The Queensland government has charged five former executives of Linc Energy with breaching environmental law over the operation of its underground coal gasification (UCG) site in Chinchilla from 2007 to 2013. They face up to five years in prison if found guilty.
Linc Energy’s founder and former chief executive Peter Bond was charged in September with three indictable offences of failing to ensure Linc Energy complied with the state’s Environmental Protection Act. He and four other senior staff — Donald Schofield, Stephen Dumble, Jacobus Terblanche and Darryl Rattai — were summonsed on November 14 on two additional charges.
Linc Energy, which is now in liquidation with estimated debts of $300 million, is also facing five charges of wilfully and unlawfully causing serious environmental harm, with a total maximum penalty of more than $8.8 million.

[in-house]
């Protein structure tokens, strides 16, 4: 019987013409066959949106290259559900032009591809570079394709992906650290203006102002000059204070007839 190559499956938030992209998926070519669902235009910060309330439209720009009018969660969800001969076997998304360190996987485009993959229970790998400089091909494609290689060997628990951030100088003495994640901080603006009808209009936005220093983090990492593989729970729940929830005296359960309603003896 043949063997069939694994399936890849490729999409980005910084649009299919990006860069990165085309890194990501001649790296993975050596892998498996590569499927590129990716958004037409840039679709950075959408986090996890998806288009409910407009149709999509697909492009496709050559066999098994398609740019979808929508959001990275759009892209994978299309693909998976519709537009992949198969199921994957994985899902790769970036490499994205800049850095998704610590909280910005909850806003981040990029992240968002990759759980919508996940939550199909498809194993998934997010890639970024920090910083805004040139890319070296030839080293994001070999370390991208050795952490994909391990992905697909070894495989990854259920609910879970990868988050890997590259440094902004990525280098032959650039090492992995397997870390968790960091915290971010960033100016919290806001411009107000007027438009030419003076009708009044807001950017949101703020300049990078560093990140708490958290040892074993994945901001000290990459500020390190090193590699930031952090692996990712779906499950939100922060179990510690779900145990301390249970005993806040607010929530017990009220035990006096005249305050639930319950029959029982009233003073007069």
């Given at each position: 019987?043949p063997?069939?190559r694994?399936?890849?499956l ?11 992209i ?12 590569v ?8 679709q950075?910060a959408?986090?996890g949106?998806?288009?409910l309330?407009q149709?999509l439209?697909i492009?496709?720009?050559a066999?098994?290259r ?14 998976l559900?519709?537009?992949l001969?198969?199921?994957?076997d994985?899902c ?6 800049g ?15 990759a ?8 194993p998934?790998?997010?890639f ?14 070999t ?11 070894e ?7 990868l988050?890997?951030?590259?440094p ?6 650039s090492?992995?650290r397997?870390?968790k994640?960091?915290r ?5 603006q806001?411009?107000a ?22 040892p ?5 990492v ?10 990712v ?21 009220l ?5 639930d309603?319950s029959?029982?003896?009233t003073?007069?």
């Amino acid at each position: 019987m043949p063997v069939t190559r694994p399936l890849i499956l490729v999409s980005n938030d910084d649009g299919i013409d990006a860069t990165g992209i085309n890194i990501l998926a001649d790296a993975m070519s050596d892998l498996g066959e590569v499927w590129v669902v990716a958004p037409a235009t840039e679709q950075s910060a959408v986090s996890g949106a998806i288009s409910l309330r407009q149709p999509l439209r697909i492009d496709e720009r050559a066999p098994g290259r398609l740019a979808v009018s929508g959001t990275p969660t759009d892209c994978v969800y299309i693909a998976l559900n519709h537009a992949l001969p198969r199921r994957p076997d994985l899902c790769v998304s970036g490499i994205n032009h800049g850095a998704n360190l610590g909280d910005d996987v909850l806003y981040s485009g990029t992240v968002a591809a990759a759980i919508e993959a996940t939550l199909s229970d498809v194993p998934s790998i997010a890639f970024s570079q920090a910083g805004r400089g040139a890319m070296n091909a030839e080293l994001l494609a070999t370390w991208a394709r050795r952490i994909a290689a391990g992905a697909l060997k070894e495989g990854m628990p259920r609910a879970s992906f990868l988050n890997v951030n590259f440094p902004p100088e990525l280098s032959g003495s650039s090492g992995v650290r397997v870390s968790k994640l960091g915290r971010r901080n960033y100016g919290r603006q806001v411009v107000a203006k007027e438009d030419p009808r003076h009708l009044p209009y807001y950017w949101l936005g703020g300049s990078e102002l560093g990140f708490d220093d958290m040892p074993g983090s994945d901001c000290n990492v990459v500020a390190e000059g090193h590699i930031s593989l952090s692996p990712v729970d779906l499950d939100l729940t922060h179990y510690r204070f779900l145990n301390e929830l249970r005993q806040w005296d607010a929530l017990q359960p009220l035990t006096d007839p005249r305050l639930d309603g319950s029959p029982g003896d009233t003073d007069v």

The company and the executives have denied the charges. They are expected to appear at the Dalby Magistrates Court on November 29.
An investigation by the state’s Department of Environment and Heritage Protection — begun after four workers at the site fell ill with suspected gas poisoning — found that hundreds of square kilometres of prime agricultural land near the facility had been permanently acidified, with methane, hydrogen, carbon monoxide and hydrogen sulphide that had allegedly seeped from Linc’s UCG site.
The multi-million-dollar investigation was the largest in the department’s history.
At committal proceedings last year, the Dalby Magistrates Court was told workers at the site had also been exposed to “significant concentrations” of gases, with some claiming they fell ill after being exposed.
Queensland’s environment minister, Steven Miles, said: “Queensland’s Environment Department is continuing its formal investigation into the activities of Linc Energy and it's possible more charges could be laid.
“As investigations remain active, and as this matter is now before the courts, the government won’t comment further on the details of the current charges.”
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